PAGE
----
Reseachers at the NYU/Bellevue Program for Survivors of Torture published a study titled “The Effects of Torture-Related Injuries on Long-Term Psychological Distress in a Punjabi Sikh Sample” to determine whether “physical injury moderates or mediates the relationship between torture and major depressive episodes (MDE) or post-traumatic stress disorder (PTSD) among survivors of political persecution in India.” Translation: do physical injuries in the setting of torture manifest themselves through mental disease? Major conclusions of the study included that “the diagnosis of MDE was not associated with torture, although depression was associated with chronic injuries” and “injury mediates the effect of torture on longterm PTSD.” Translation: it wasn’t the torture experience itself that led to MDE or PTSD in the sample of Sikhs studied, but rather the “traumatic cues” or reminders of being tortured through the chronic injuries one sustained that led to the manifestation of psychiatric illness.
Some bloggers have noted it was upsetting to not see Sikh physicians associated with the study. Although I agree to some extent, this is where it gets a bit fuzzy for me. It would be inspirational to see Sikhs in the medical world document the physical and psychological toll of human rights abuses in Punjab. Yet, these bloggers are setting a dangerous precedent by narrowing the population to be served to Sikhs alone. We, the Sikh Panth, are a nation defined by an insignia: we must maintain our miri and piri and protect our own spiritual and political sovereignty yet embrace the circular symbol of oneness and our duty to humanity by fighting all injustices and actions of oppression. The atrocities in Punjab have most certainly not been brought to an appropriate scale of attention, and we should use that frustration to motivate us. We must, however, make sure we do not remain blind to our current state of affairs. Genocides are going on right now in Kenya, Sudan, Chechnya, Palestine, and Burma. Right now. Yes, I’ll say it again: genocides are happening right now. In fact, we can broaden the list a bit further: when an individual is denied access to healthcare or medications a human rights violation is committed. Which means I’ve indited nearly every country on the planet, including the U.S. and Canada. Our frustration should not only be with the dearth of Sikhs within the field of human rights but with the number of spirited Sikhs enraged by the brutality currently being enforced on our brothers and sisters. Let us start by reading and getting up to speed with current national and world events and then ask questions, get linked into organizations such as Human Rights Watch or Physicians for Human Rights, sign petitions, blog our thoughts, write letters to the editor, go into the field, march in the streets, shout from the rooftops… okay, I’ll end before I start calling for total anarchy. But you get my drift, I hope.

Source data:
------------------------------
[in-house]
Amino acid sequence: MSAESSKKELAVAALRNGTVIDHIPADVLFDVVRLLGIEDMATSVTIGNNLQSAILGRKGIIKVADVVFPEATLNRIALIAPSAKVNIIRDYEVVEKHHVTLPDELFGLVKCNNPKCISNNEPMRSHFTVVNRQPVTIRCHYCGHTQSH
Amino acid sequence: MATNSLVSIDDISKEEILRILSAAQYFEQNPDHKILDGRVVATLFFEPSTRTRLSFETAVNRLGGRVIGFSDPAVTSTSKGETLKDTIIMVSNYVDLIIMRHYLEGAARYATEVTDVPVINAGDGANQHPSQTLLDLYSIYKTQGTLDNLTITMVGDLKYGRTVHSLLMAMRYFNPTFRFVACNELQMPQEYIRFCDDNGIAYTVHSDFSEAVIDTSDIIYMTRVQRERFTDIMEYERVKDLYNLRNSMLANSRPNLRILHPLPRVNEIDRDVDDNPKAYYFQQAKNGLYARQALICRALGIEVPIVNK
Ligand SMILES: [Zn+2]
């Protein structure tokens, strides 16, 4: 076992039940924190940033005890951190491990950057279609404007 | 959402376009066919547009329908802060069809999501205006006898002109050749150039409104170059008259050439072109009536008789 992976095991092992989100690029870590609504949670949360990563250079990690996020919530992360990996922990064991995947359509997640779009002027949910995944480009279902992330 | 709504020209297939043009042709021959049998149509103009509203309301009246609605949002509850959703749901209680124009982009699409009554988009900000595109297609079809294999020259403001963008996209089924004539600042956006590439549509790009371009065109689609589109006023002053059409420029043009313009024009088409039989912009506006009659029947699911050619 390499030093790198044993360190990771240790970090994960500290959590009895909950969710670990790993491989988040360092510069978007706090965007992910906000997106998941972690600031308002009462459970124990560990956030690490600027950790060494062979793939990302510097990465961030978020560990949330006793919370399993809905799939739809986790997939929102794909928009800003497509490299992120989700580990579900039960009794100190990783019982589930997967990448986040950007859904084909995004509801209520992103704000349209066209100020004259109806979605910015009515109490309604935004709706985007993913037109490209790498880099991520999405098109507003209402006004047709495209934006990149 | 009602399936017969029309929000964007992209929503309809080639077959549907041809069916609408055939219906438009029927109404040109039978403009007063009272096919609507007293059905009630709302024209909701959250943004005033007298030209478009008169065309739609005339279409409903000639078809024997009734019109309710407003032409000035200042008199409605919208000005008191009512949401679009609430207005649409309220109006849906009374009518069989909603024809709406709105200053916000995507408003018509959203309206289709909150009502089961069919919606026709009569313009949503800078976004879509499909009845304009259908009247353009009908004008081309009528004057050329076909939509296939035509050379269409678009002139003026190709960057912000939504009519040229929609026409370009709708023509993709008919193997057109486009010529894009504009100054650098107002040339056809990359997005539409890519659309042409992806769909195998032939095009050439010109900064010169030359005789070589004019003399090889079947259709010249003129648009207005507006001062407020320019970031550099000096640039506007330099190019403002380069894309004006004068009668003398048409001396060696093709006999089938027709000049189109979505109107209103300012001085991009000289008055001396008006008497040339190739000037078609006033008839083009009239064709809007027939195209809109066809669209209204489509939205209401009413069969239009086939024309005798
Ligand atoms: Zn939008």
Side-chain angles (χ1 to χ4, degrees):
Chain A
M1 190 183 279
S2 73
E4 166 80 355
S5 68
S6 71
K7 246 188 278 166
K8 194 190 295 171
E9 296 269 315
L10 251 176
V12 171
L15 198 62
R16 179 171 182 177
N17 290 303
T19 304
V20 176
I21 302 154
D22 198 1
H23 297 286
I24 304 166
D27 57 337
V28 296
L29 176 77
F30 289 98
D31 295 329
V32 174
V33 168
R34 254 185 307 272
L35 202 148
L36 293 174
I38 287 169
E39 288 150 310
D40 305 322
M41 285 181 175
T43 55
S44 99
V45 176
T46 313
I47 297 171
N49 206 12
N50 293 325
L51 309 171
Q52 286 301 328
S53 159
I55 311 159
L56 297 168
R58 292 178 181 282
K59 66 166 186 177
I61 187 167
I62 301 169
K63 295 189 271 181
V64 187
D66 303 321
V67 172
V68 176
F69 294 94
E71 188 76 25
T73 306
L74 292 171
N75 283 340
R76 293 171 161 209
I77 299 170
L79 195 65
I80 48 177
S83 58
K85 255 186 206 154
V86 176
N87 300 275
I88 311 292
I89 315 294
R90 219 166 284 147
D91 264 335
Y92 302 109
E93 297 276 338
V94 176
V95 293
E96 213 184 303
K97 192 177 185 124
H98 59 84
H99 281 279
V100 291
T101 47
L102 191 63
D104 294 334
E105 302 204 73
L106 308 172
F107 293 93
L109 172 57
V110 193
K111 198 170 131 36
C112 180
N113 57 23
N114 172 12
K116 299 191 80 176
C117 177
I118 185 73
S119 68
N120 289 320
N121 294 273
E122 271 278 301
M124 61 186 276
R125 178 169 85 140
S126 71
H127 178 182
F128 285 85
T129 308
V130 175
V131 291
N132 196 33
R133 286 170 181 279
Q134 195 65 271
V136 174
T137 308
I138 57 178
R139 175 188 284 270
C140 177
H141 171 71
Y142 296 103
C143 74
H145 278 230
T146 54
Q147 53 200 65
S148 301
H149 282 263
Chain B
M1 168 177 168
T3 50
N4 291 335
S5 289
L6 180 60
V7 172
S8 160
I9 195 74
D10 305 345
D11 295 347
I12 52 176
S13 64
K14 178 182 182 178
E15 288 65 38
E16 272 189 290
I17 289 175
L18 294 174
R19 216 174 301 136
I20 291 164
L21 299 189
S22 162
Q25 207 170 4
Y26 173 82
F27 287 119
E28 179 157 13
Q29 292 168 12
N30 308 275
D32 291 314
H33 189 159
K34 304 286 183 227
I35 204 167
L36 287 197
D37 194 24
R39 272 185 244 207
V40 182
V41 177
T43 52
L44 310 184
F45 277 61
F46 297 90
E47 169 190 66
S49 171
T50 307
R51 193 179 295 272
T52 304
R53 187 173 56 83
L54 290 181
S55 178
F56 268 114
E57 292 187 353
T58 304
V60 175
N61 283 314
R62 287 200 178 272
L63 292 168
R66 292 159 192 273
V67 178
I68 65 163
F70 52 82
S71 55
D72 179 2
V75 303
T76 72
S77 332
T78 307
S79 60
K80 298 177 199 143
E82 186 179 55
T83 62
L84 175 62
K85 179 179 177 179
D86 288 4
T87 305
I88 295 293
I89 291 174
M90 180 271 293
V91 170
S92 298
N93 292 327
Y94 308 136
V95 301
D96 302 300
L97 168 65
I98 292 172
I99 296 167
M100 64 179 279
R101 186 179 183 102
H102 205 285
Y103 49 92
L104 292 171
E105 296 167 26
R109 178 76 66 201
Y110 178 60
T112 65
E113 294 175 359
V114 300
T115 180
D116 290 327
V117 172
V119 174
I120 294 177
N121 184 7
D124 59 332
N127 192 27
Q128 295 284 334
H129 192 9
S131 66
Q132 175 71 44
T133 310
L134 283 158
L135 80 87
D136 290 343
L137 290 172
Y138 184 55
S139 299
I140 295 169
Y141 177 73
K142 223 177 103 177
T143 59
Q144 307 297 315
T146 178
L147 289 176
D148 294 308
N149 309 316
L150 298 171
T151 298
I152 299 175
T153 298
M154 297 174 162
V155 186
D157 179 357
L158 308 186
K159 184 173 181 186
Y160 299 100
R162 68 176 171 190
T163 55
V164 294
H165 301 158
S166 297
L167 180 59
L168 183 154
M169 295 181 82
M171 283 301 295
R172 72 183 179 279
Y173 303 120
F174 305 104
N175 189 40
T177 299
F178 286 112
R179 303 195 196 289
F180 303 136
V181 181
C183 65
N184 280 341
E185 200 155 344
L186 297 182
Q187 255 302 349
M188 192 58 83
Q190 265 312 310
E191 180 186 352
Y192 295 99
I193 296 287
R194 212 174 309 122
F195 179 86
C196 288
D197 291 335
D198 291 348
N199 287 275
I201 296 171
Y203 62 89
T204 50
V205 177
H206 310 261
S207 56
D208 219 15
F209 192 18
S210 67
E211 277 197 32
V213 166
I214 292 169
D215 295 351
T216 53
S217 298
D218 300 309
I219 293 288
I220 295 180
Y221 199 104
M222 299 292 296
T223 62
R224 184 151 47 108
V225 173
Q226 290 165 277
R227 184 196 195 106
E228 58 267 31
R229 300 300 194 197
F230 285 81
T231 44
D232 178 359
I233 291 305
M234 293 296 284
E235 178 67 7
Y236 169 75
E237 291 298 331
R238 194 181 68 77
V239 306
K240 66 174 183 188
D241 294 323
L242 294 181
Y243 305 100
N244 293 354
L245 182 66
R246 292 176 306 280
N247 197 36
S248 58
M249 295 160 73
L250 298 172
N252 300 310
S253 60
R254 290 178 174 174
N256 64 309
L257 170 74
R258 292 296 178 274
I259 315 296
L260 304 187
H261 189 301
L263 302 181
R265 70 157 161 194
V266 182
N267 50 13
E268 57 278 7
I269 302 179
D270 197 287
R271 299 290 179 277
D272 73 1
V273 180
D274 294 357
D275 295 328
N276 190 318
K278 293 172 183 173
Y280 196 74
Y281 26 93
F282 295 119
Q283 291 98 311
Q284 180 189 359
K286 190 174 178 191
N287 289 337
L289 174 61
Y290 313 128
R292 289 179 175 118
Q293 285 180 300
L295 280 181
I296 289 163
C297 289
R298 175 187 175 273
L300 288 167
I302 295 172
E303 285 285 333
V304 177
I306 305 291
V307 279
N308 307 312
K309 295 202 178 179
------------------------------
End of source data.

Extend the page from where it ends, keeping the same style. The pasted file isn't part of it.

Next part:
Correction: February 1, 2007
There is an erroneous statement above, and it has been striked. The blogger did not place limits on the population to be served.